Party Wall agreement, a process involving technical and diplomatic skills

Most of England’s refurbishing and extension
projects will likely be built on or close to a neighbouring boundary.


This process is regulated by the Party Wall Act
1996, the origins of which date back to the thirteenth century.


We always recommend getting your neighbours
involved since the first stages of the project, inviting them for tea while
explaining the project and the party wall process (sure, you can click on it for the whole technicalities).



That’s the essential diplomatic part of the
process. Usually, your neighbour will be much more receptive if they are
involved in the discussion early instead of discovering the project via a
planning consultation letter.

Our experience involves successful collaborations
between neighbours; the latest one is in Tufnell Park, where laa architecture
carries out a double rear extension.


We started an early neighbour consultation for the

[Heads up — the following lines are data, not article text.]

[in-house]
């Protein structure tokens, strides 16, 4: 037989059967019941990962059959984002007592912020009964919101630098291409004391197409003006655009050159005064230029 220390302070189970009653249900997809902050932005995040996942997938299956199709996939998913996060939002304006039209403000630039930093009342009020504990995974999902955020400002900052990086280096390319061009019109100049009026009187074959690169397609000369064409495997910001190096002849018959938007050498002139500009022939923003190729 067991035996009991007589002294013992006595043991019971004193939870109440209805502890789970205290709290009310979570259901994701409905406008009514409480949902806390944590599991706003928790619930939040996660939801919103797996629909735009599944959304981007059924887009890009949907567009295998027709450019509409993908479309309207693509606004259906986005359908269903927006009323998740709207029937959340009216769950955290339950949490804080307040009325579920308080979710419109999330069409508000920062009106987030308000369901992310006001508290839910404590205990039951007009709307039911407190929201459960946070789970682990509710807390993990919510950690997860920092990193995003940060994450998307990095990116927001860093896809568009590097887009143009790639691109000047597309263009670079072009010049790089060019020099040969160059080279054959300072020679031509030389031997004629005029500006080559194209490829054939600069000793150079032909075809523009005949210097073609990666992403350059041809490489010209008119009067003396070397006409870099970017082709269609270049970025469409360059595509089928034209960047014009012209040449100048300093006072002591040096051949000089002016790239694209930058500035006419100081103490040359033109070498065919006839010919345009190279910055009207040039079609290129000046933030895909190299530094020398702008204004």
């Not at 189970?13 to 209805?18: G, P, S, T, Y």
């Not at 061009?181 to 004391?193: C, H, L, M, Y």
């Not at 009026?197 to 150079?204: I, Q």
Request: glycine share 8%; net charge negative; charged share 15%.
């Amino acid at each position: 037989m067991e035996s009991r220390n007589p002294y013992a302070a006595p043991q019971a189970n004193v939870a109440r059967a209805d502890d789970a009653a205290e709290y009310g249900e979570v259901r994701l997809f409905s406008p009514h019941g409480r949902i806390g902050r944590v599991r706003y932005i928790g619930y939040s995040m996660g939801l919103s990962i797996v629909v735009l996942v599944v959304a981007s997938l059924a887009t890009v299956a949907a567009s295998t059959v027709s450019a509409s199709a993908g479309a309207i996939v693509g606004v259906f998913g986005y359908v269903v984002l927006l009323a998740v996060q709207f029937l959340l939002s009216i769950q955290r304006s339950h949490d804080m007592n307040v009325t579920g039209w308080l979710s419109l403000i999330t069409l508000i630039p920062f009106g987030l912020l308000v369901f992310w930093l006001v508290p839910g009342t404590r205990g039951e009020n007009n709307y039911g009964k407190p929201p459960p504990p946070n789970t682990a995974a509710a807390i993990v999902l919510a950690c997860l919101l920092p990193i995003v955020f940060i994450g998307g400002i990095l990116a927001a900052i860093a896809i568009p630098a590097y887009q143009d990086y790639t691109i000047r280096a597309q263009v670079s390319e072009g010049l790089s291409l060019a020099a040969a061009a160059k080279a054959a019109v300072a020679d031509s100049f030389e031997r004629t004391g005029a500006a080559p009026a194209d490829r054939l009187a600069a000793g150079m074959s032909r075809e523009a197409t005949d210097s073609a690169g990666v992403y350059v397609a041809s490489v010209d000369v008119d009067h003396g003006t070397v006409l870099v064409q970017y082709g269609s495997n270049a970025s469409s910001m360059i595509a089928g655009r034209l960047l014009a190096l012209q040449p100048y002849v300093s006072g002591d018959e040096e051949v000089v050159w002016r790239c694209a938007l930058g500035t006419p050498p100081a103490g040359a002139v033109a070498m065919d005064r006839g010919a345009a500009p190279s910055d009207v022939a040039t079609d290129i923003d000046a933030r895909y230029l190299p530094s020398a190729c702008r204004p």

first extension to discover that the owners of the adjoined property were keen
to extend their house, too.


We were appointed for this project, too, which made
the whole course smoother. No planning objections were raised, and both will
build astride the boundary.


Be aware that some potential issues, such as tree
root protection areas, could be raised or if your neighbouring property has
restrictive covenants about building close to a neighbouring property. In those
cases, an early appointment of an arboriculturist and a solicitor could prevent
the latter issues from arising.


If you want to discuss your project, feel free to

contact us. We’ll happily guide you in the right direction towards realizing
your dreams.